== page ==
For him, “Nigeria must continue to harness its rich diversity of traditional knowledge, and through a careful infusion of the modern intellectual property system, provide both positive and defensive protection for its traditional knowledge. With intellectual property, it can unlock its vast potentials and empower more communities to become global players in the fields of science and medicine. As the world marks this year’s IP Day, we urge academics and researchers to look inward and provide empirical support to help refine, validate and propagate our traditional knowledge for the benefit of humanity.”

Observing that there was no better time than now for the world to appreciate the consequences of the daily choices we make in different areas of human life, Asein stated: “A green future should be one that also guarantees the protection of the nation’s biodiversity and the sustainable use of appropriate innovation, including traditional knowledge, to find simple, safe and sustainable solutions for daily challenges in health, wellbeing, food, shelter and environmental safety. This would complement the Government’s ongoing efforts at self-sufficiency and the vision for Nigerians to “grow what we eat and consume what we make”.

According to him, “The 2018 Global Innovation Index released by WIPO forecasts that by 2050, 85 percent of the world’s primary energy needs would be derived from renewables, such as solar, wind, and geothermal power. Countries are therefore encouraged to develop policies that support renewable energy. Fortunately, Nigeria is well endowed and it is already taking steps towards boosting the country’s performance index in the field of green technology.”

The Director-General urged everyone to embrace the campaign for a green future, adding that the Commission would continue to give institutional support as part of a national strategy for a balanced and robust intellectual property system that works for the wellbeing of the earth and the benefit of all.”

For the past two years since its incorporation in 2017, Friends of the Creator (Artistic) Foundation (FCF) has marked WIPD — in Warri (2018) and Lagos last year.

In deference to the social distancing imperative and the subsequent lockdown of cities and countries in a bid to slow down the Coronavirus pandemic ravaging the world, WIPO opted for virtual celebration, rather than physical gatherings. “FCF agree with the imperative of keeping everybody safe so they can continue their creative and innovative work with safe bodies and sound minds. As a result, we shall only be offering this statement as our token of our appreciation of the significance and timeliness of this year’s theme,” Dr. Ogaga Ifowodo Chairman, FCF’s Board of Trustees said.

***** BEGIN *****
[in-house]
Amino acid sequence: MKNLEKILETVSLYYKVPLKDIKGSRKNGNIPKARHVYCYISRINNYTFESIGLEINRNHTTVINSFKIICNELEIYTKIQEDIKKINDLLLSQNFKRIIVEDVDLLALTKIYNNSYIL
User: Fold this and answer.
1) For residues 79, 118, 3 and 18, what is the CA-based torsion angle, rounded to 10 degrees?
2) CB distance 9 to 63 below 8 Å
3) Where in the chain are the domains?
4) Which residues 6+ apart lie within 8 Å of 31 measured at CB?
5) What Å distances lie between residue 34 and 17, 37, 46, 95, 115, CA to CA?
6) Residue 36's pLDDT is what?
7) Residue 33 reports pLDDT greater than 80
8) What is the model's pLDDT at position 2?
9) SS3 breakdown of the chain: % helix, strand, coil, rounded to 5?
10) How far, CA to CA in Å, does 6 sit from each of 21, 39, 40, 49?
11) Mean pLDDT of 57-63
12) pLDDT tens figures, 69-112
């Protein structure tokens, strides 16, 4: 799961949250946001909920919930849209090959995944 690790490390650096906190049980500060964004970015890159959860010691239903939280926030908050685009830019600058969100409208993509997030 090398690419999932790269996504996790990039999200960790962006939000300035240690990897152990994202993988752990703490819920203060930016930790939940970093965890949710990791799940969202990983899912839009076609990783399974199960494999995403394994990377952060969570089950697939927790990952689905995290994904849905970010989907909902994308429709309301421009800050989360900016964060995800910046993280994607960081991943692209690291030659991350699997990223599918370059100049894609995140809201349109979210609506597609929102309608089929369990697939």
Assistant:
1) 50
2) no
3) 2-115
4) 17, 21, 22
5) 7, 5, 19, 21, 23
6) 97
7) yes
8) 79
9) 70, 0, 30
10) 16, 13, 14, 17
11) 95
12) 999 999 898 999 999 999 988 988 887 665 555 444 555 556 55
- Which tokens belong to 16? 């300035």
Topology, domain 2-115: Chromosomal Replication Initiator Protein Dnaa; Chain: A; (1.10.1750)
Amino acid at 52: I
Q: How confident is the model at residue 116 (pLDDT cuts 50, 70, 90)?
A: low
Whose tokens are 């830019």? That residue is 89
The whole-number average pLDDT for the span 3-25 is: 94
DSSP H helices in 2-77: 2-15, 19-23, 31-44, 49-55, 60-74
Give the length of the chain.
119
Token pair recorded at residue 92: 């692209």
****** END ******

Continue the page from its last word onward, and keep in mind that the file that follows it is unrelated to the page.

Ogaga added, “the 2020 WIPD called for innovation as a knowledge-driven solution to the lethal consequences of our unrestrained abuse of the environment couldn’t have come at a better time. FCF calls on the Nigerian government, first and foremost, and the private sector, including our universities and research institutions, to join the global technology revolution or risk leaving our country behind in the fossilised past. Even before oil prices plummeted due to very low demand in the face of the global lockdown, the world was already gearing for the shift to a green, clean and sustainable future. Nigeria cannot, now or post-Coronavirus, afford to depend on oil as “the mainstay” of the economy. And if Nigeria is to make that crucial shift, the indispensable role of IPR must also be given policy priority.”

As made clear by WIPO, only a ‘balanced and robust’ intellectual property right system can give the support necessary to the emergence of a green economy that works in tandem with the earth’s natural sustenance systems. We call on the federal government, working with the National Assembly, to formulate policies and enact laws that would stimulate creativity and innovation while also guaranteeing the robust protection and enforcement of copyright, patent, trade mark, design rights, geographical indication or appellation of origin rights, and even plant-breeding rights.” According to the board chairman, “FCF is of the view that, ultimately, even good policies and laws are not self-enforcing. They require citizens equipped with the right knowledge and motivated by a desire for change to realise their goals and objectives. The critical juncture where the world finds itself now prescribes a radical reassessment of priorities.”

While saying this requires a radical increase in the investment in education — which also demands the physical and curriculum rehabilitation of educational institutions and retraining of the teaching staff (in some instances, even in the universities), at all levels, FCF demanded that starting from 2021, education must have the highest budgetary allocation. “We have no doubt in the ability of our citizens, working alone or in collaboration with others in the universities, research institutes or other intellectual collectives, to innovate Nigeria out of its dangerous fossil fuel dependence and make us proud participants in the green, clean and sustainable economic future of the world. Innovation, of course, must be followed by development and the rise of an industrial economy spanning agri-business and manufacturing, for gainful employment and prosperity,” Ogaga said.